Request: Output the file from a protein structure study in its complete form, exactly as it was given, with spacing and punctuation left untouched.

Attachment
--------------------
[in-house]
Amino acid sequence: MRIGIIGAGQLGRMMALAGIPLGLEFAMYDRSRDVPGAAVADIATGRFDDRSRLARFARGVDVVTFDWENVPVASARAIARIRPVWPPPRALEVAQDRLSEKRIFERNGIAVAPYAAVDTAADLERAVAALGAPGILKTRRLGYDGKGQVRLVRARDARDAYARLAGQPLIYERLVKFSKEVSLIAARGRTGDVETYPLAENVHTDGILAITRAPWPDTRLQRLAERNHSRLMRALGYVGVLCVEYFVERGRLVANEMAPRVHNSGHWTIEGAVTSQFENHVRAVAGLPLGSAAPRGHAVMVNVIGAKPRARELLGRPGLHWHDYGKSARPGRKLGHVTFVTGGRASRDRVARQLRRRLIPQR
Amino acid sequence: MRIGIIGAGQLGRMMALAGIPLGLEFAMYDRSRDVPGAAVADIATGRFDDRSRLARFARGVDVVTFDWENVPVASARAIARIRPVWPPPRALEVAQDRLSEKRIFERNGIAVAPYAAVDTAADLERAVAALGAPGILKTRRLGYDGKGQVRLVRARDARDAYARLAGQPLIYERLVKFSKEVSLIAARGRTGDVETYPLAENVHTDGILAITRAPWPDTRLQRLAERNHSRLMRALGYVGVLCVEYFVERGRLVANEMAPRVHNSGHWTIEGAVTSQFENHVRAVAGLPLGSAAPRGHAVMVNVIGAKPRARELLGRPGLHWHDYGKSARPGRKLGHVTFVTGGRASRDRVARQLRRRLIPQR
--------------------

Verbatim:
[in-house]
Amino acid sequence: MRIGIIGAGQLGRMMALAGIPLGLEFAMYDRSRDVPGAAVADIATGRFDDRSRLARFARGVDVVTFDWENVPVASARAIARIRPVWPPPRALEVAQDRLSEKRIFERNGIAVAPYAAVDTAADLERAVAALGAPGILKTRRLGYDGKGQVRLVRARDARDAYARLAGQPLIYERLVKFSKEVSLIAARGRTGDVETYPLAENVHTDGILAITRAPWPDTRLQRLAERNHSRLMRALGYVGVLCVEYFVERGRLVANEMAPRVHNSGHWTIEGAVTSQFENHVRAVAGLPLGSAAPRGHAVMVNVIGAKPRARELLGRPGLHWHDYGKSARPGRKLGHVTFVTGGRASRDRVARQLRRRLIPQR
Amino acid sequence: MRIGIIGAGQLGRMMALAGIPLGLEFAMYDRSRDVPGAAVADIATGRFDDRSRLARFARGVDVVTFDWENVPVASARAIARIRPVWPPPRALEVAQDRLSEKRIFERNGIAVAPYAAVDTAADLERAVAALGAPGILKTRRLGYDGKGQVRLVRARDARDAYARLAGQPLIYERLVKFSKEVSLIAARGRTGDVETYPLAENVHTDGILAITRAPWPDTRLQRLAERNHSRLMRALGYVGVLCVEYFVERGRLVANEMAPRVHNSGHWTIEGAVTSQFENHVRAVAGLPLGSAAPRGHAVMVNVIGAKPRARELLGRPGLHWHDYGKSARPGRKLGHVTFVTGGRASRDRVARQLRRRLIPQR